Things I’ve learned so far are that Australians are a really chilled, mostly friendly nationality. And with a lifestyle and setting like this, why wouldn’t they be? Australians will strike up conversation with literally anybody. I noticed a young guy start chatting with an older woman on the tram the other day just about how their days were going. That wouldn’t happen on the underground in London. Even I struck up conversation with somebody after they noticed my English accent when asking me if I knew whether the beach volleyball was on… I did not. (Side note: as I’m typing this, there is a man behind me on the phone discussing – in a lot of detail – buying prawns for his BBQ tonight – IS THAT NOT THE MOST AUSTRALIAN THING EVER?!) The cost of things have been a struggle for me to absorb. Everything here seems expensive, from coffees to sandwiches to hoodies. I spent an afternoon looking for a cheap hoody to buy (cos I was ridiculously cold) and in one store, I happily raced to the back where I saw the word ‘SALE’ and picked out a basic hoody, which had been $65 and was reduced to $45. ‘THAT’S NOT A SALE!’ is what I screamed in my head. There’s ways around it I’m sure and I’ll get used to it. My only disaster so far being the $75 taxi-ride I took from the airport when I could’ve spent $19 on a bus (ARRRGGGGHHHH). I have at least discovered the $1 coffees in 7-11 so that’s handy.
What have I learned so far as a solo traveller? I guess it’s too early to say what ‘lessons’ I’ve gained from it but in general, I’m capable of doing a lot of stuff on my own. I can motivate myself to get out each day and make the most with my time. My emotional state has been better when the sun is shining. May sound trivial but weather affects your mood so much. On one of the earlier rainy days, I woke up and thought ‘what the hell am I gonna do today?’ and it took me some time to leave the comforts of the apartment but as soon as I did, all the negative thoughts disappeared. And I think that would be my advice to any traveller (solo or not) feeling like that in a foreign country – just go outside! Walking, breathing in fresh air, watching the people around you, listening to music and focusing on a route to follow all helps in changing your mood. I’d say every now and then it’s felt a little strange but I wouldn’t say I’ve felt really sad or lonely. Luckily I don’t mind my own company and I’m happy to just wander around for hours on end. Being a solo traveller, that is probably your best luxury – going exactly where you want with nobody else to hold you back. On the other hand, I haven’t underestimated how important it is to have human interaction and that will begin next week for me as I leave my cosy Airbnb behind and throw myself into hostel life. Goodbye gorgeous, queen-sized bed with an abundance of cloud-like pillows, hello squeaks-every-time-you-move hostel bunk bed.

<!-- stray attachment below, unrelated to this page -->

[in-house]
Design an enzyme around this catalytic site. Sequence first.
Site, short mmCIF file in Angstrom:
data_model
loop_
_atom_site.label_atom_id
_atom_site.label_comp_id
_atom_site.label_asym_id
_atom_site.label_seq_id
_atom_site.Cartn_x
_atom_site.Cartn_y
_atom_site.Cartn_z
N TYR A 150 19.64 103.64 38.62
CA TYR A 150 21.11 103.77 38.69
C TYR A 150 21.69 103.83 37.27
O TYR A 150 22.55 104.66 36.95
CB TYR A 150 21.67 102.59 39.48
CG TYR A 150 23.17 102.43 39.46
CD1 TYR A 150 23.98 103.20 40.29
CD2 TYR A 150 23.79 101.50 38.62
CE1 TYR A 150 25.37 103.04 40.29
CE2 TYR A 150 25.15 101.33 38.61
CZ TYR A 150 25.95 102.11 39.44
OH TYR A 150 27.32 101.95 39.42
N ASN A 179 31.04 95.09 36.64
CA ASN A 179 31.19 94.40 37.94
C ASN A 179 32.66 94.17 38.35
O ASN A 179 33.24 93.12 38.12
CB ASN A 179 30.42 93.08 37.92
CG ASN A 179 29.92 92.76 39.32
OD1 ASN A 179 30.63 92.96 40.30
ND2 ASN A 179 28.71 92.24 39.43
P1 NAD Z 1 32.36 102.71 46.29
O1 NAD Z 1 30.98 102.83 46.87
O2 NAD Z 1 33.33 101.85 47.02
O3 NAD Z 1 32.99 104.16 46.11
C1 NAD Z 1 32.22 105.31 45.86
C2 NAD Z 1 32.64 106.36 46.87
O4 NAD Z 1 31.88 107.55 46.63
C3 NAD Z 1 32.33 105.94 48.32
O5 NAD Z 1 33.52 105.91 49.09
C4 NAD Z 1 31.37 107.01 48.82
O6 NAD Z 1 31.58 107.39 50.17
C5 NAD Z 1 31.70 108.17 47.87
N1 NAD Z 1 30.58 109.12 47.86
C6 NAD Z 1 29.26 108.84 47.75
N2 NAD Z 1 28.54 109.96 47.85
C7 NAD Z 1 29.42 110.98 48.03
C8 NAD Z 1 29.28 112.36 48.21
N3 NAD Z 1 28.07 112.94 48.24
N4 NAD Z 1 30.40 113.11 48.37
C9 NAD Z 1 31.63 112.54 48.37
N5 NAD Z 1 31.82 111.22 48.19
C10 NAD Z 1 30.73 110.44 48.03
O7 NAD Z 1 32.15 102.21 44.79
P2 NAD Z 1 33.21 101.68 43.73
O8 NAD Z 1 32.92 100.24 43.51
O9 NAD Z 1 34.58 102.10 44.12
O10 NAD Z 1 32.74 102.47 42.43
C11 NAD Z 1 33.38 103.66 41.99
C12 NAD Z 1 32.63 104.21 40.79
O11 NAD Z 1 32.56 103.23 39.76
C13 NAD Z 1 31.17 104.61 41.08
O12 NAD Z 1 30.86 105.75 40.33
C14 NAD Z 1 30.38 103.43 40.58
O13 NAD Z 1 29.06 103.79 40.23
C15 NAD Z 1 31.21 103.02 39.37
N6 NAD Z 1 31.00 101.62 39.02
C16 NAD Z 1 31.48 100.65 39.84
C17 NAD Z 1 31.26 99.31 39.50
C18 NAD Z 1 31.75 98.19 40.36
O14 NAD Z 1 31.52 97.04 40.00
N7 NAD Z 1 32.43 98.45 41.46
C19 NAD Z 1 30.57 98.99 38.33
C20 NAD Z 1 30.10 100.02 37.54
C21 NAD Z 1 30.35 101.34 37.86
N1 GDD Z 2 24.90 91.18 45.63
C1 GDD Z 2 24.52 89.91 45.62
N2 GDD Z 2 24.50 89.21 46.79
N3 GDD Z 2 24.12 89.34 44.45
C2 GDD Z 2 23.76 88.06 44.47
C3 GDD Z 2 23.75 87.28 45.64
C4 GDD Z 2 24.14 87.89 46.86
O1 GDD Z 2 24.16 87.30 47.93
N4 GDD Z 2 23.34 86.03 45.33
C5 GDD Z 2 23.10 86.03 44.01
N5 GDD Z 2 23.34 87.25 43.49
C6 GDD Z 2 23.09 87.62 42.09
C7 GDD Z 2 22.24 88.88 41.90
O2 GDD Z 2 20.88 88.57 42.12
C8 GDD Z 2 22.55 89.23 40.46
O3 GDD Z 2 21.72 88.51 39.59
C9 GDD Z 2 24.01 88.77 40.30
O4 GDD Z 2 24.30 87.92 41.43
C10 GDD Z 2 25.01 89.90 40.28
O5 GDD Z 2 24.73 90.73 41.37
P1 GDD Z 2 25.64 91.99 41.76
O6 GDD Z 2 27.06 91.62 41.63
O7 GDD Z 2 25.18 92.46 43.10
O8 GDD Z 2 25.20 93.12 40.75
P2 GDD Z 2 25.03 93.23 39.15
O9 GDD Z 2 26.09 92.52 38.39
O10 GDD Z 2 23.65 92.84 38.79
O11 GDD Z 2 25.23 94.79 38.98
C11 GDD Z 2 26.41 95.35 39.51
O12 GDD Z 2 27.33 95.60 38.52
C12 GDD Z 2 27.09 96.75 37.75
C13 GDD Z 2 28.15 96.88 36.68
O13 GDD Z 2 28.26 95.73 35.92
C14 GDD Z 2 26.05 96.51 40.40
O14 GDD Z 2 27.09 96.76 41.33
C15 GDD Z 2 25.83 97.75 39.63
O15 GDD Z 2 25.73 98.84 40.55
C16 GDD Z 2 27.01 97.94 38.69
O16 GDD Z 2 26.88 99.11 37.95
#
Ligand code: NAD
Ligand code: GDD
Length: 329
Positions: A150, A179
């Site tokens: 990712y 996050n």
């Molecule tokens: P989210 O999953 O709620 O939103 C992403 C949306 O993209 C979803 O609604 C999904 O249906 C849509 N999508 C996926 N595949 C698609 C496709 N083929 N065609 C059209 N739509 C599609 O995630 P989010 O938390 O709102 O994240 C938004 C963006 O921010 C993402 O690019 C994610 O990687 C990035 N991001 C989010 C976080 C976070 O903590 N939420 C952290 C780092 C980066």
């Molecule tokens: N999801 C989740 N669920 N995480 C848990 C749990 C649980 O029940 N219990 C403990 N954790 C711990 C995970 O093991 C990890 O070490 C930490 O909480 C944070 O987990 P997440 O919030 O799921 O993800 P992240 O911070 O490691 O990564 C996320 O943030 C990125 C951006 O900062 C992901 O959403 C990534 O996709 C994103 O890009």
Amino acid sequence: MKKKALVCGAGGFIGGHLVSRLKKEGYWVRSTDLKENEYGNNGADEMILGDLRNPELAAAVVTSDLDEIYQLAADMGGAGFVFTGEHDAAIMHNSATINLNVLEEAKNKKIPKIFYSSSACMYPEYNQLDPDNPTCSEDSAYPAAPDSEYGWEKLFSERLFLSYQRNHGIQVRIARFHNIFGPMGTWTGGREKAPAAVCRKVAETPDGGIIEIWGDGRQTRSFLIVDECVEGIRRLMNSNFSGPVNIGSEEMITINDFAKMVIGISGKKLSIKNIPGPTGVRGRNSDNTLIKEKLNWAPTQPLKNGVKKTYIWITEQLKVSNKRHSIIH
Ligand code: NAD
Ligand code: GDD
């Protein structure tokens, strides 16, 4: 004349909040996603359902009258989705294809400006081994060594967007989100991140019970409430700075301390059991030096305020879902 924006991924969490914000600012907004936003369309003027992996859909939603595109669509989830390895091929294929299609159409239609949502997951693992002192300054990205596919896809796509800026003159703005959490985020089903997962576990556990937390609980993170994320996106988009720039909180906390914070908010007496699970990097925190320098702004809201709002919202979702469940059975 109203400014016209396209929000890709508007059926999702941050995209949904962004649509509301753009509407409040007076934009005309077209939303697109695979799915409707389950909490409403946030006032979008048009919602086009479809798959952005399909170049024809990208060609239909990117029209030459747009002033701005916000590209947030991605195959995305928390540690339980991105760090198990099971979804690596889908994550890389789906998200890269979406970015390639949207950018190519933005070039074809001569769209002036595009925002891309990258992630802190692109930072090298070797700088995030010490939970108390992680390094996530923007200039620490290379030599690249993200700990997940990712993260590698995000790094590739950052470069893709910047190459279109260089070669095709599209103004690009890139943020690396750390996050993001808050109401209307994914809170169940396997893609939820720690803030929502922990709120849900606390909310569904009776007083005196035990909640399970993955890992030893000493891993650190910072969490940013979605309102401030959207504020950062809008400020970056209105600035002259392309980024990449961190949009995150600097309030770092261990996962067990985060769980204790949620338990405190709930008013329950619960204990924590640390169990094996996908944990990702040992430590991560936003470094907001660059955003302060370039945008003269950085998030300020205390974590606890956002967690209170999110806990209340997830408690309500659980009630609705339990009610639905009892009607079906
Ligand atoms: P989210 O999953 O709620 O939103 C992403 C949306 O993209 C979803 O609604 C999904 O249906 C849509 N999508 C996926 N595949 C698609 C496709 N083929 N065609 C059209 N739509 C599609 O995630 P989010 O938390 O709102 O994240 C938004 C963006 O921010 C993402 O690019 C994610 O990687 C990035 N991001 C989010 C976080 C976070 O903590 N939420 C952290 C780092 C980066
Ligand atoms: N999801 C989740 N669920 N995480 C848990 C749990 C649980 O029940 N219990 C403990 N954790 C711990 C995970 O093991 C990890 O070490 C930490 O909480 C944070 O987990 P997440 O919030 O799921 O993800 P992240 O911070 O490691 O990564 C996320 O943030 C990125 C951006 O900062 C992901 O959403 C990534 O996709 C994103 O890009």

Also, I’m obviously already slipping into the laid back vibe here. I don’t feel like I have to clock-watch here and sometimes I’ve had to stop myself and think ‘wait, what day is it?’ – not that it even matters! But yesterday I came to a realisation that I have accommodation booked currently until Friday and after that, I have nothing. THAT IS SO UNORGANISED OF ME! So today or tomorrow, I really need to make the decision of: staying in Melbourne a few more nights or booking a flight to Sydney. And the fact that I’m NOT stressing out about this says a lot about how my mindset must have changed already. I mean after a while, things might change again, I might wake up and have this strong desire for a routine and I might say, ‘LUCY SORT YOUR LIFE OUT’ but for now it’s not a concern to me in the slightest and I don’t feel like there’s any rush at all. And I suppose – as all the hippy travellers say – the not-knowing when and where you’re going next is the fun of it.
If you liked this post, check out these:
Australia: The Halfway Point
Making The Most Of The East Coast: Fraser Island vs. The Whitsundays
3 Months On Australia’s East Coast: Itinerary & Spends
One Year Alone: The Bittersweet Truth To Solo Travel
Last Day in Australia: 20 Positive Things I’ve Experienced This Year